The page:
This season, Leicester City have won at Manchester City, Arsenal and Leeds United, and Brendan Rodgers recalls what he was asked after the most recent of those victories.

“I think there was a question put to me after the Leeds game about how did it feel to outdo the master tacticians in Marcelo [Bielsa] and Pep [Guardiola] and Mikel [Arteta],” the Leicester manager says. “With all due respect, Mikel has been a manager for less than one year – so that was what was deemed [a feat] for a British coach who has been coaching for 25-odd years!”

On Sunday, Rodgers takes his side – who are top of the Premier League – to his former club, Liverpool. Win there and the talk will not just be of him again fulfilling his goal of what he describes as “disrupting the market” by proving the “Big Six” is not set in stone, but of mounting a serious title challenge.

Certainly, Rodgers is once more at the vanguard of British coaches and, as his comment about Bielsa, Guardiola and, specifically, Arteta shows, the 47-year-old knows it can be harder to win around opinion if you are not a foreign manager.

“I think that’s something that’s been around for a long, long time,” Rodgers says. “I remember as a young coach seeing the headlines on that side of it. But we produce very, very good coaches … Of course I respect when a foreign manager comes in there is that novelty factor and everything else, and also the guys who come in have great qualities. But as British managers, we have always been judged in the most difficult league in the world and produce really good managers at this level.”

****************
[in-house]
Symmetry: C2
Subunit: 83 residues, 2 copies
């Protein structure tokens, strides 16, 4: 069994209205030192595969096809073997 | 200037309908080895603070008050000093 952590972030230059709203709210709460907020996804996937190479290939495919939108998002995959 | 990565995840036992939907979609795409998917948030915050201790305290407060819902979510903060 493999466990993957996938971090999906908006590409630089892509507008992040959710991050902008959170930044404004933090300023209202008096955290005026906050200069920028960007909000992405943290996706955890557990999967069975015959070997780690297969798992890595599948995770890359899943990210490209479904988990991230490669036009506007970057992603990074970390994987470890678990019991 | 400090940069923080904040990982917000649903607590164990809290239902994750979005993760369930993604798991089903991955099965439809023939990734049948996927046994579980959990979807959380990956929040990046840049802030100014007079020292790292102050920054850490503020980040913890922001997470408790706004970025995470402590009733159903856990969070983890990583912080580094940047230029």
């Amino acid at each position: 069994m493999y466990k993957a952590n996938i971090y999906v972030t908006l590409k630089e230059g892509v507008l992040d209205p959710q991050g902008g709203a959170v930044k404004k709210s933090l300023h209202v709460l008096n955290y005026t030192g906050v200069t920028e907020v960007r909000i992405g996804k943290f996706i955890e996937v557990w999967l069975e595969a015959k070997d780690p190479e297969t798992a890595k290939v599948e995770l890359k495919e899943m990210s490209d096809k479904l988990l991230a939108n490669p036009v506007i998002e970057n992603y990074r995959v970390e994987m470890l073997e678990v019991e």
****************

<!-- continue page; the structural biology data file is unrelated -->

Chris Bascombe’s Liverpool briefing

None more so than Rodgers, although when he returned to the Premier League, after leaving Celtic in March 2019 and despite winning every honour north of the border, he knew he had a point to prove after the disappointing way it ended at Liverpool, where he was sacked in 2015 and replaced by Jürgen Klopp.

“I was excited at the challenge coming back to see if I could take a club into the top six,” Rodgers says. “There was a so-called Big Six and the trend showed you the gap was increasing. The only team that had come in there was Leicester five seasons ago [when they won the league]. So, it was going to be a huge challenge, but I felt coming to Leicester that, in time, we could create something here to disrupt the market, as such.”

Leicester were in 12th place when Rodgers took over and finished fifth in the last campaign, missing out on a Champions League place on the final day, having been up there all season before injuries hit hard.

Rodgers’s win percentage in the league is 51.8 per cent, just 0.4 per cent below Frank Lampard and only 1.1 per cent below Jose Mourinho. According to Opta statistics, he is far ahead of Arteta (46.4 per cent) and Ole Gunnar Solskjaer (42.6), and Rodgers has achieved this without anywhere near the same level of resources; encouraging young players such as Harvey Barnes, James Justin and Luke Thomas, getting the very best out of established talents including Jamie Vardy and Youri Tielemans and with some extremely shrewd transfer business.